Published July 15, 2014 by


Published June 26, 2014 by

You Can Too, Just Pause, Breathe

People ask me why I take the bus.  I tell them it is “because I can.”  I enjoy being with people in the big city.  I love listening to their conversations.  I love the luxury of time to take the bus.  Is there really any place that is so important that I need to rush?  People have this image that I am a taxi / limousine kind of guy.  Really?  They just don’t know me very well.  I am, and always will be, The Son of a Postman!

I have grown very fond of my mantra “because I can.”   People ask why I volunteer to help kids, or mentor people that are both junior and senior to me.  I just do it “because I can.”   There will be a day when I might not be able to help but for now I try.   I am “No Mother Teresa” but perhaps I could aspire to be among her many flocks.

“One theory says that if you treat people well, you’re more likely to encourage them to do what you want, making all the effort pay off. Do this, get that.

Another one, which I prefer, is that you might consider treating people with kindness merely because you can. Regardless of what they choose to do in response, this is what you choose to do. Because you can.”   Seth Godin


Son of a Postman


Published June 3, 2014 by

Make It Happen, Make It Consistent, Make It Organic

I received this note today from someone to whom I give the occasional career (and life) advice and who I regularly connect to important business opportunities.  I suppose I am his mentor but perhaps that term is now too corporate for me.  I am his coach, friend, and connector!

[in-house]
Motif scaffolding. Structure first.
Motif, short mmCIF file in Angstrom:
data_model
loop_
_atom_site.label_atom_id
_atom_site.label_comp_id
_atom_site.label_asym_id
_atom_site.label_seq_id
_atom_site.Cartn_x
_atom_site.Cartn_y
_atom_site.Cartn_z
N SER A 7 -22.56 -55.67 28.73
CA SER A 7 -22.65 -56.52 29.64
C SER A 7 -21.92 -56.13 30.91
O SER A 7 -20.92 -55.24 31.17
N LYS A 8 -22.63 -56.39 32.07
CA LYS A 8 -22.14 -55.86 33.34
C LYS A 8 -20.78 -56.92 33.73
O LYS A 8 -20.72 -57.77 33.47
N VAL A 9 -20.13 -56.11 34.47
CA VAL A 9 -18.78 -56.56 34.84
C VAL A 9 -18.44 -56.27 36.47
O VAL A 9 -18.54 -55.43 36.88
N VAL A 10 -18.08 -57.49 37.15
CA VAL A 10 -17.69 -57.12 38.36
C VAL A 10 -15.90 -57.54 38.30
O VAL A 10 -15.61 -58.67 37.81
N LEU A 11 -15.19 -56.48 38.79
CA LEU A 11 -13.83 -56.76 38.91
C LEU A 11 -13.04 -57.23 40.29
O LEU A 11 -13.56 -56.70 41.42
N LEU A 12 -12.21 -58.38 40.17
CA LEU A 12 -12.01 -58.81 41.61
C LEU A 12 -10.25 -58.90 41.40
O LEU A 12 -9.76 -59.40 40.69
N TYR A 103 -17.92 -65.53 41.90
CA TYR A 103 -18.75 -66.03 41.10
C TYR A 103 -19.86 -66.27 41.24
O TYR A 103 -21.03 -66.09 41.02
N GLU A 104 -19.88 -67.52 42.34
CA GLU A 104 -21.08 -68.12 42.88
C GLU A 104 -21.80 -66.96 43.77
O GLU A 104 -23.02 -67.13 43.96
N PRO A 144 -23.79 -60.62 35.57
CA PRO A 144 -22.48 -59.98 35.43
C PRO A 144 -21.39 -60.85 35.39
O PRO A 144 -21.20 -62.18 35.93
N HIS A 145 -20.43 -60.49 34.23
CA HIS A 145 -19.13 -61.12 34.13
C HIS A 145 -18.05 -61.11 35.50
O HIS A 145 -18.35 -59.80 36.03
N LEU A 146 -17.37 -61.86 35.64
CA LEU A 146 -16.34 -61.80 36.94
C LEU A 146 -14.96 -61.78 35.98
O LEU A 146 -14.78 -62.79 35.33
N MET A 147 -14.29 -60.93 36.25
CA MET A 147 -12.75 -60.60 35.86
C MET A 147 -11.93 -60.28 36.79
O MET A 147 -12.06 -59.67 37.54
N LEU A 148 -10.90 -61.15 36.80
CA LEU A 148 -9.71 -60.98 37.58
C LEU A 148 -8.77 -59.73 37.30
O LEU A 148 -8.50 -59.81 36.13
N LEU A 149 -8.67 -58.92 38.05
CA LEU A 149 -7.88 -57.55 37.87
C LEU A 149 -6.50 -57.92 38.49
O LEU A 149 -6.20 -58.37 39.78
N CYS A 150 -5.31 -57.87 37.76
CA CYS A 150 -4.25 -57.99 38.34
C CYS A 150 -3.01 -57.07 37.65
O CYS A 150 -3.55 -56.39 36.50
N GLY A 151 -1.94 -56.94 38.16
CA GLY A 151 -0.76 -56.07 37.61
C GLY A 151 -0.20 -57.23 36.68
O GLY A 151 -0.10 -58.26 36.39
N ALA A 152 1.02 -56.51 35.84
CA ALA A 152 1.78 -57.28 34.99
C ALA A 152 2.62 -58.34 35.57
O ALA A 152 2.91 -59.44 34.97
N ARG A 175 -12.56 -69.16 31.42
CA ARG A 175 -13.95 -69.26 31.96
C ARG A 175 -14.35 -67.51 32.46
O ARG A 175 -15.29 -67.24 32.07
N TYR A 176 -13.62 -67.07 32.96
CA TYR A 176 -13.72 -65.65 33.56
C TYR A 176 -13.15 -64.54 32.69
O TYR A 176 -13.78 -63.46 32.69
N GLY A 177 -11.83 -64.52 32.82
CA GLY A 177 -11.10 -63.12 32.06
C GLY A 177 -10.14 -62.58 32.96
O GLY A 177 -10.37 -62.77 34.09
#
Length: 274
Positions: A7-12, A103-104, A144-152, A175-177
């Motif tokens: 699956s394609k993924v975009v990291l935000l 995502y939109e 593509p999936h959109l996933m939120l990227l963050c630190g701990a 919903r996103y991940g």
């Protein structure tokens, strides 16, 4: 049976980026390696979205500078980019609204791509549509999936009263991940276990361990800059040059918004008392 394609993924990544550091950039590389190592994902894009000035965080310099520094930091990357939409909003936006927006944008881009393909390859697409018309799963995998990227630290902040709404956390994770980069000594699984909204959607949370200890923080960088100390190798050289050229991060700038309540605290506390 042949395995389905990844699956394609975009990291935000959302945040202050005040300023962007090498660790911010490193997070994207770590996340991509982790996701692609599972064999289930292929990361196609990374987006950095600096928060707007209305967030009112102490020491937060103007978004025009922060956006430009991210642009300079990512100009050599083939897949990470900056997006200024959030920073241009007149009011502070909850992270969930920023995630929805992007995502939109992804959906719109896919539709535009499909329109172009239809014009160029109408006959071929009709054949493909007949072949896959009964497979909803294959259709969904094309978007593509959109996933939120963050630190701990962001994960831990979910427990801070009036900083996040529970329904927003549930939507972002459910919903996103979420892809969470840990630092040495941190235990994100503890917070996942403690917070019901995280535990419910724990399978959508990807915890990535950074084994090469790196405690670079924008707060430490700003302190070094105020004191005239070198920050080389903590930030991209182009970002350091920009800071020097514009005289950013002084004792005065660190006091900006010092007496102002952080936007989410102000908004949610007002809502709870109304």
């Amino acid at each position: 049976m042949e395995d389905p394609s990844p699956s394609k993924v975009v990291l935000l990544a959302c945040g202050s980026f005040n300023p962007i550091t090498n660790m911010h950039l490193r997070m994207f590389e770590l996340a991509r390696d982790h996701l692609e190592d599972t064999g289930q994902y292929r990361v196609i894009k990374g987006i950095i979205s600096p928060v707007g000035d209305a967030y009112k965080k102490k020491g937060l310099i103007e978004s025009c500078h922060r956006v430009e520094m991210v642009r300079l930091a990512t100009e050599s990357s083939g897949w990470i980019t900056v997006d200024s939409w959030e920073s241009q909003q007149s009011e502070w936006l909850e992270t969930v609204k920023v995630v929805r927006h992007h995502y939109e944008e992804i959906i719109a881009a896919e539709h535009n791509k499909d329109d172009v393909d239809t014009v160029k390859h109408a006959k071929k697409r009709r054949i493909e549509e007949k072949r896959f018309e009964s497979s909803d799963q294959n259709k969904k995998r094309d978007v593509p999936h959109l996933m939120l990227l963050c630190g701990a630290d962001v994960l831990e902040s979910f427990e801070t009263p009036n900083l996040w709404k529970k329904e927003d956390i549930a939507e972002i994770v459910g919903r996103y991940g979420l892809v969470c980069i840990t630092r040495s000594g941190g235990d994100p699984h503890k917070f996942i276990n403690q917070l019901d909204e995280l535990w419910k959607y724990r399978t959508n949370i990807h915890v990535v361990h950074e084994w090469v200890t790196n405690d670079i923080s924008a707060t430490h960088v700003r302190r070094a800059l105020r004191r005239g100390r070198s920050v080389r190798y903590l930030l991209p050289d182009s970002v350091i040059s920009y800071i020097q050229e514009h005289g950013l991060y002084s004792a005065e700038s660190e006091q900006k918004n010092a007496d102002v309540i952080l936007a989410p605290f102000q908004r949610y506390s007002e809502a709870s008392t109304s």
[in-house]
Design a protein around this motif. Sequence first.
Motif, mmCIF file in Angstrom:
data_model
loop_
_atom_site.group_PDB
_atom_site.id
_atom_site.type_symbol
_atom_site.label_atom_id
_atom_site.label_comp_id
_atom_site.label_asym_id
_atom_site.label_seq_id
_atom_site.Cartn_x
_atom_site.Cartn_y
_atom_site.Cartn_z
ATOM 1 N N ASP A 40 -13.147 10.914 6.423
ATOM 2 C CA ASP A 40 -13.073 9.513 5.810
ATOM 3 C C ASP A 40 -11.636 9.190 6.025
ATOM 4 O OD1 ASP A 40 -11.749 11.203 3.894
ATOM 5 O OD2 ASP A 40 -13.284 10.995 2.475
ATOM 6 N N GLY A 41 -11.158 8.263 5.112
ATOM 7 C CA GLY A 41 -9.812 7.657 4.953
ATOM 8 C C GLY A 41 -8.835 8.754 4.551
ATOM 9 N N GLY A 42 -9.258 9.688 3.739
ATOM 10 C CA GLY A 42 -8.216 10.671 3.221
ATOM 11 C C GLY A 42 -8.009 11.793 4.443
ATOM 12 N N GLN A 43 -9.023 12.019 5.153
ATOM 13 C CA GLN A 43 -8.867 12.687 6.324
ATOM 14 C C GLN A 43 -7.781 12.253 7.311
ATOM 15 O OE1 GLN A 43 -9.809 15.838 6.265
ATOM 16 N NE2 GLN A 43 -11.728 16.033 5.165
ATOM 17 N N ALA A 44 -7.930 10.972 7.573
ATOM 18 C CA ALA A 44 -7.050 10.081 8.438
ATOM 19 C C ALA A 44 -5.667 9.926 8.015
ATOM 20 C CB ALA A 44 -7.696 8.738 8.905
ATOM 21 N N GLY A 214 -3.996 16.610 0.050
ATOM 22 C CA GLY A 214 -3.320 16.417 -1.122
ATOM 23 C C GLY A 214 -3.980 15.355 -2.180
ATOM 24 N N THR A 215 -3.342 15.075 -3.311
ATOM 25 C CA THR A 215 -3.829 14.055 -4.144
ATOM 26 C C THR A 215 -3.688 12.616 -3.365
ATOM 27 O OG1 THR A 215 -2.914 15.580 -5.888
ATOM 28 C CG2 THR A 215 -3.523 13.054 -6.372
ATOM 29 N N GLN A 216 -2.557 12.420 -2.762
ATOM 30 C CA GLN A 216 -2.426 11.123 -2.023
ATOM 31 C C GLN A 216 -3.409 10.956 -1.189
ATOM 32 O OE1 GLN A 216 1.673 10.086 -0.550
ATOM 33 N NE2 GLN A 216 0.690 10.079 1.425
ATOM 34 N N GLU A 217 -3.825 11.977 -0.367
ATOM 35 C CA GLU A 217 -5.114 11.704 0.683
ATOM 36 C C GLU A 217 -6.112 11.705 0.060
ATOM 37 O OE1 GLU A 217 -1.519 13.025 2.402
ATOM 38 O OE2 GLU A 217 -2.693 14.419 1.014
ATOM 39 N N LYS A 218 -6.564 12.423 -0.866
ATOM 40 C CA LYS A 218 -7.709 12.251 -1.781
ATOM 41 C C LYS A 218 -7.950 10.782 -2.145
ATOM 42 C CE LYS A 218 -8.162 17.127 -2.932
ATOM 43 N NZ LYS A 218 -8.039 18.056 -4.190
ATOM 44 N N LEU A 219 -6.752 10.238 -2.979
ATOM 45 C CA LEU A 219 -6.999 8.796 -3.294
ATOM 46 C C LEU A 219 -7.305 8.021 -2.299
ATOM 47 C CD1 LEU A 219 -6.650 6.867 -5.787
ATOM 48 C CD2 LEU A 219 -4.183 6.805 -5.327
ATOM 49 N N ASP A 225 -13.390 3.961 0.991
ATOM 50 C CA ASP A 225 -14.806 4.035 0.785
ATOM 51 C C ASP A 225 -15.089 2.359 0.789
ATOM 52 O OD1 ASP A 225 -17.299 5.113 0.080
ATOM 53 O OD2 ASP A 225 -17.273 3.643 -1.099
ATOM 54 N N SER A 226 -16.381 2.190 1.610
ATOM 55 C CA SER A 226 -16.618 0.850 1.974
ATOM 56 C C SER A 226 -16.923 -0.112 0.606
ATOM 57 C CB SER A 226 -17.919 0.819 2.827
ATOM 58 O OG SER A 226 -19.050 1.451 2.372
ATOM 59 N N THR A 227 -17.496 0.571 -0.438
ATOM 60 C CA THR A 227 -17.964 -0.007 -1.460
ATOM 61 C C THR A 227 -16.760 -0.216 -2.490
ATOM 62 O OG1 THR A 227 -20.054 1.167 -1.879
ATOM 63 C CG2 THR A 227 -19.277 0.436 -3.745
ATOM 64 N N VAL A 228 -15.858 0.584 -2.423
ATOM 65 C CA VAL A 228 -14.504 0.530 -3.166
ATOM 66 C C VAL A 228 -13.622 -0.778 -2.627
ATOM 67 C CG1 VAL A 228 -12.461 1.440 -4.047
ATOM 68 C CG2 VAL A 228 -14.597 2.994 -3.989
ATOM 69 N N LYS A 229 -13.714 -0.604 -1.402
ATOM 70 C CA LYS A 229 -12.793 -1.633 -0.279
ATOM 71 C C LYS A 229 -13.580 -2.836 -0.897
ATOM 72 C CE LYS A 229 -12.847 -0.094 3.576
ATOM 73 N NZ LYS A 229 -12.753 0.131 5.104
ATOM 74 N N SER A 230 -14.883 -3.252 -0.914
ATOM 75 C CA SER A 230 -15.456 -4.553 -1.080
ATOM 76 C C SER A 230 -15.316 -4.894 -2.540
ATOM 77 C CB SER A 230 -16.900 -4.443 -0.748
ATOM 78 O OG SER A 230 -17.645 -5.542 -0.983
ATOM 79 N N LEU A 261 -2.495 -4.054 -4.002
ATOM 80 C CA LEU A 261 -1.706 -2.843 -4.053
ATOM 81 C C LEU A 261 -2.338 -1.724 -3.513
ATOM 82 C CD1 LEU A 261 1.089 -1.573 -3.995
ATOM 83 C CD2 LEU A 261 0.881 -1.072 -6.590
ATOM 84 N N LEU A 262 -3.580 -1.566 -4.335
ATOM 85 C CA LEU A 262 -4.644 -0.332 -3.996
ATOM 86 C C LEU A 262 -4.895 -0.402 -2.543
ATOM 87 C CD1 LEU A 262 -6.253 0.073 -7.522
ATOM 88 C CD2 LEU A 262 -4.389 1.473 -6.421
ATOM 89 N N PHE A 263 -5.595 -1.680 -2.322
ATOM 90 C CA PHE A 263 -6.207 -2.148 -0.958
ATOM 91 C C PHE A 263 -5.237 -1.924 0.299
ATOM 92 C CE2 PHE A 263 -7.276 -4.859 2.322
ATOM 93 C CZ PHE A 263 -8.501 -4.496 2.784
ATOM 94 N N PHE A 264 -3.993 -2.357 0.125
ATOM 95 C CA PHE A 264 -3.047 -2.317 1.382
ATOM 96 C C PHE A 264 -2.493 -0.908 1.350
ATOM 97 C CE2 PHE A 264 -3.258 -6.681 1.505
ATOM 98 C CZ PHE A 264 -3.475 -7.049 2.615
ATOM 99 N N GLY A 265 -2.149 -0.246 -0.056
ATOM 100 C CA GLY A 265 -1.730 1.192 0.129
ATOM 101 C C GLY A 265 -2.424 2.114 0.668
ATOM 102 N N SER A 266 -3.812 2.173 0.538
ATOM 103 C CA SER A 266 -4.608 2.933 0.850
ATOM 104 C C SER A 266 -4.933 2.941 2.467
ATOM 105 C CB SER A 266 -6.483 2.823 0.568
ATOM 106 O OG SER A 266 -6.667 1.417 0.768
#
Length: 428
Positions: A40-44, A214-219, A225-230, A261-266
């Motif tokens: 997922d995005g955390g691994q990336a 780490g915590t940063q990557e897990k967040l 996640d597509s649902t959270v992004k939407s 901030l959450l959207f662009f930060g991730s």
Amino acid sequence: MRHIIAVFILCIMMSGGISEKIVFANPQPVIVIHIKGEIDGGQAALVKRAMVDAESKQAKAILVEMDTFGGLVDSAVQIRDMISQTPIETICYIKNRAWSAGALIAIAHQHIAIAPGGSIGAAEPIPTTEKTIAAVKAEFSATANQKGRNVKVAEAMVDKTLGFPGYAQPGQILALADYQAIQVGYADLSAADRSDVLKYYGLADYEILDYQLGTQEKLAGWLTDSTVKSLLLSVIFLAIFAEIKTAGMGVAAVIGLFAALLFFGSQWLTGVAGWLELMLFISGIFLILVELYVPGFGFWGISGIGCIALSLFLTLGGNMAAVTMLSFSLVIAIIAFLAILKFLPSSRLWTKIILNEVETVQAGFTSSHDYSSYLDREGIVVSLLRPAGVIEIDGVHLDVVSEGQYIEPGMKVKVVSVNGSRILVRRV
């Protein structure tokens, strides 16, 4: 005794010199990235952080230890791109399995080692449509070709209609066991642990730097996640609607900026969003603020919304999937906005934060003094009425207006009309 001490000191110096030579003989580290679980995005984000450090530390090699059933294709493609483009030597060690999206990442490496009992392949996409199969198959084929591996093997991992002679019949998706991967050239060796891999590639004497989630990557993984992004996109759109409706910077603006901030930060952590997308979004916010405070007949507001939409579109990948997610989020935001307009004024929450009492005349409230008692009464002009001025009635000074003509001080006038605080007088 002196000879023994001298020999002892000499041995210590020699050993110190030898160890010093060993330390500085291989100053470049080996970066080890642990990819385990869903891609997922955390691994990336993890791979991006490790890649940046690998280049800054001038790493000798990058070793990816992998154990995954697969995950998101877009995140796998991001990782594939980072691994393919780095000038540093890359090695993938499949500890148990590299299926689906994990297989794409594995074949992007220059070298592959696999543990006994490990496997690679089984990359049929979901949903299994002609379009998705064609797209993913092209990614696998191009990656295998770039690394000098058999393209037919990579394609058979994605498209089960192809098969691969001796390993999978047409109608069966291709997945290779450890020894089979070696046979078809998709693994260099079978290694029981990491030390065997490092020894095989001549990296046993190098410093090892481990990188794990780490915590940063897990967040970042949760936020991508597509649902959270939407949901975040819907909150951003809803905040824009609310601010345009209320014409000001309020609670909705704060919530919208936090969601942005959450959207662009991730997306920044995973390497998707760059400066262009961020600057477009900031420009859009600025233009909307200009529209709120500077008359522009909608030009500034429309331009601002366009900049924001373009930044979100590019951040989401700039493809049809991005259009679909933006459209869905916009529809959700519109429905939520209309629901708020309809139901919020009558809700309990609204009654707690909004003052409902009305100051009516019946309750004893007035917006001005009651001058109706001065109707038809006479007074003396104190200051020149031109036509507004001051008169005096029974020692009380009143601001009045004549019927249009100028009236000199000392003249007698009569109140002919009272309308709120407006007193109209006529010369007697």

He said, “By the way, I am trying to help two people get new jobs.  First, I got someone inside the company in front of the right people so that this individual might get a deserved promotion.  I am also trying to get an external person a job in my company.  I just made the connection last night and I have already set up an interview!  If I can give back just half as much as you, I can make a huge difference for others.”

I am very grateful that I was able to help and even happier that others are continuing the good work.

NOT Required Reading – My take on Mentoring

Mentoring can play a vital part in organizations large and small. It is important not only for an individual’s growth, but vital for the success of a business, a team or any other group. If all the little ships don’t rise together, the big ship won’t either. I have always been surprised to find people who have the attitude, “What can you do for me?” as opposed to, “What can I do to help all of us succeed?”

Mentoring is one of the most direct ways to provide nourishment to an employee, colleague or team member. We all need to figure out a way to make mentoring relationships evolve naturally and broadly. It is imperative that support for this starts at the top of an organization and it needs to be genuine. People tend to tell others about good mentoring experiences and that is the best way to get buy-in. This is a big part of the glue of the organization’s culture.